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Zoey, JD
Zoey, JD, Attorney
Category: Legal
Satisfied Customers: 27762
Experience:  Active member of the NYS bar since 1989
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I invested 4500. to cyber digital sales for a web page for

Customer Question

I invested 4500. to cyber digital sales for a web page for people to save money on there cell bill for Sprint and no one has signed in cyber is saying that they can't help it if no one signs in that I got a web page and 10,000 leads
JA: The Fraud Examiner will know what to do. Is there anything else the Fraud Examiner should be aware of?
Customer: there is no co. listed as cds.
Submitted: 4 months ago.
Category: Legal
Expert:  Zoey, JD replied 4 months ago.


I'm Zoey.

I'm reviewing your post. Please be patient as I may need to research for you, and it also takes time to compose and type a reply.

Expert:  Zoey, JD replied 4 months ago.

What is your question with regard to this situation?

Customer: replied 4 months ago.
I want my money back as I have on one sign in these months I know it is frud I would like to stop them from taking other peoples money.
Customer: replied 4 months ago.
I haven't started my free 7 days
Customer: replied 4 months ago.
are you here?
Expert:  Zoey, JD replied 4 months ago.

Sorry for the delay, but by the time you responded to my post I was asleep for night and no longer at the computer.

The issue here is whether this company did everything for you that they contracted to do. If they gave you all you bargained for and you did not make any money from their efforts, that is not their fault. If, on the other hand, the site that you paid them for wasn't functional, or if the leads that they gave you were all stale leads, or if they made written guarantees or promises that didn't come about, then you would be on safer grounds if you had to ultimately sue them for a return of your deposit.

If they didn't give you all they promised you, here are the various steps that you could take to try to address this and get a refund:

If you have tried unsuccessfully to negotiate with the company to have them remedy this situation, your next step would be to talk to your bank or credit card carrier tell them that you are the victim of a fraud and dispute the $4,500 charge. Typically, they would not be liable for money you withdrew voluntarily, but sometimes, they may be able to do a chargeback for you if you didn't get what you paid for.

If you try this and get nowhere with your bank or credit card carrier, you can contact a lawyer to write a strong letter to the company, listing the various ways they have breached their contract with you and misrepresented their services and telling them that if they are not willing to refund your money then you will have no choice but to take them to court and sue them for breach of the contract and for their fraudulent and deceptive trade practices.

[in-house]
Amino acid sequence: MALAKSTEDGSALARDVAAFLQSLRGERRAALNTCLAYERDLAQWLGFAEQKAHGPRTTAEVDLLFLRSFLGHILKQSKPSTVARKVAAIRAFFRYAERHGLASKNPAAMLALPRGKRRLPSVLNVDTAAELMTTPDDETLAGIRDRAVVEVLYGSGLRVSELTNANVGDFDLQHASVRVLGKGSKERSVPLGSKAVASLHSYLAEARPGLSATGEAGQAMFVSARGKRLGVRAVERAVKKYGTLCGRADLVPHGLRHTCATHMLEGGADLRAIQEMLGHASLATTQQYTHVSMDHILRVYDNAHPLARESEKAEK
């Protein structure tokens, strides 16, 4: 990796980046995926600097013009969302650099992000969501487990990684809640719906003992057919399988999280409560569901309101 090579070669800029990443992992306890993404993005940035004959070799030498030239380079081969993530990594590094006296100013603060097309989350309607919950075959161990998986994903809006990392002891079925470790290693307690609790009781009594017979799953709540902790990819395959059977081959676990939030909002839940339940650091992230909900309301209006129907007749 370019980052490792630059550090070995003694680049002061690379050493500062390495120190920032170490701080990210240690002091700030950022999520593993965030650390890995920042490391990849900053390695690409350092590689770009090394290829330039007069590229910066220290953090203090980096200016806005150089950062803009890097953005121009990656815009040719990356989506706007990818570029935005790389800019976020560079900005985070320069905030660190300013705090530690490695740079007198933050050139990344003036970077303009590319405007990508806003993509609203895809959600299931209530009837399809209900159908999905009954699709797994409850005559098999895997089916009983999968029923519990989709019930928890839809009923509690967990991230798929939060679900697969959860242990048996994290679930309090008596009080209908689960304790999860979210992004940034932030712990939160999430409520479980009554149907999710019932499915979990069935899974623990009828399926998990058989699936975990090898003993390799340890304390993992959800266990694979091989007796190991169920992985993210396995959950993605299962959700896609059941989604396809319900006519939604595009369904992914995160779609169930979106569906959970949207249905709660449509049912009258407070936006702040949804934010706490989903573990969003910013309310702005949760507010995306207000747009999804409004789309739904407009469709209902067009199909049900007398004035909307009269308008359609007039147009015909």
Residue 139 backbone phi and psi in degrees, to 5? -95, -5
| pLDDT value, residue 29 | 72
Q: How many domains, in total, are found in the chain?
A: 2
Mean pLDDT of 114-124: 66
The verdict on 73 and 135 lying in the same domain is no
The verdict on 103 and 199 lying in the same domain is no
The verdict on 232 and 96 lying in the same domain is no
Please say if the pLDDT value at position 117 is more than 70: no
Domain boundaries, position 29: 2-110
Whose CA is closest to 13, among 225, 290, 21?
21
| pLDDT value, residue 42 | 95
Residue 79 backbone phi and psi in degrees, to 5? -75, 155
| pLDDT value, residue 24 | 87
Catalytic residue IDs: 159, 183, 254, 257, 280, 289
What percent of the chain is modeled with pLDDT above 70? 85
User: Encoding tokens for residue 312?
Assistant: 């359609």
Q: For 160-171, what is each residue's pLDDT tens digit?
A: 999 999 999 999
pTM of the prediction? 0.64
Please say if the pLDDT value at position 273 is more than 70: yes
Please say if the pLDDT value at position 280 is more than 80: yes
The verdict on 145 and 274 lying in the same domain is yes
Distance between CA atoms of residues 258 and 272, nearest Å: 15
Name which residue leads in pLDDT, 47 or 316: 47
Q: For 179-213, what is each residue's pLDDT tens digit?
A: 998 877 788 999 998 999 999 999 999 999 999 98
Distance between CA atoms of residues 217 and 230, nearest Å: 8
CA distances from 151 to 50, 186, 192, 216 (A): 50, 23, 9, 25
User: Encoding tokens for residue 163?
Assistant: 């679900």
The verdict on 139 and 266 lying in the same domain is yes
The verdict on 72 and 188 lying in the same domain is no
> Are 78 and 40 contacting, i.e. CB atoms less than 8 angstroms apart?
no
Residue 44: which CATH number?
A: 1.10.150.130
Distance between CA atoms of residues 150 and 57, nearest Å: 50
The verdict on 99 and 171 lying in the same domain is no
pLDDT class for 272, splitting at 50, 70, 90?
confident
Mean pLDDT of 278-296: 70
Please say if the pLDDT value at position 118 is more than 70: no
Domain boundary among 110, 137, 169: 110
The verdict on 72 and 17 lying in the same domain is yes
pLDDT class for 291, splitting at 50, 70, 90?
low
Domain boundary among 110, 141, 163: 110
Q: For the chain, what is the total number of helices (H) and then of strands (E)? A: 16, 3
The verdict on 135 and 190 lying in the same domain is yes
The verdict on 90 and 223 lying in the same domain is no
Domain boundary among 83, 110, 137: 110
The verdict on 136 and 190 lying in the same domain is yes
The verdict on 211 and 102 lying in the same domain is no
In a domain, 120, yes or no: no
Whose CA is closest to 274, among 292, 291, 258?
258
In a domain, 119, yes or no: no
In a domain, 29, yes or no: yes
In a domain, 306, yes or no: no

You can do this for yourself without a lawyer, though it has more teeth when the letter is on a lawyer's letterhead. A successful suit involving fraudulent and deceptive trade practices would entitle you not only to your monetary losses but to treble damages. A letter mentioning the unfair trade practices law should make any real company think twice and, hopefully, settle up with you. Since you're not hiring the lawyer to do anything other than write and draft a letter, it should be low cost.

Meanwhile, you can file complaints with the US consumer protection agencies we have. Go to the Better Business Bureau's site and lodge a consumer complaint against the company. They are at As a non-profit organization committed to protecting consumers, the BBB will try to intervene on your behalf and to resolve your problem if they can locate the company and the company is willing to work with them.

From there, you can file another complaint with the state attorney general's office in the US state where the company is located and with your state. You want to emphasize that the company has breached its contract with you and engaged in fraudulent, unfair and deceptive marketing practices.

You can also report them to the Federal Trade Commission at

If all else fails, you can hire a consumer rights lawyer or sue the company yourself in thei state's Small Claims Court.

Ultimately, if you are the victim of the scam and cannot recover from anyone, your unreimbursed losses are tax deductible. So you can get something back in the form of a deduction when you file your 2017 income taxes.

Expert:  Zoey, JD replied 4 months ago.

Just checking in to see if you need more help or any clarification of my answer. If so, please reply here on this question thread.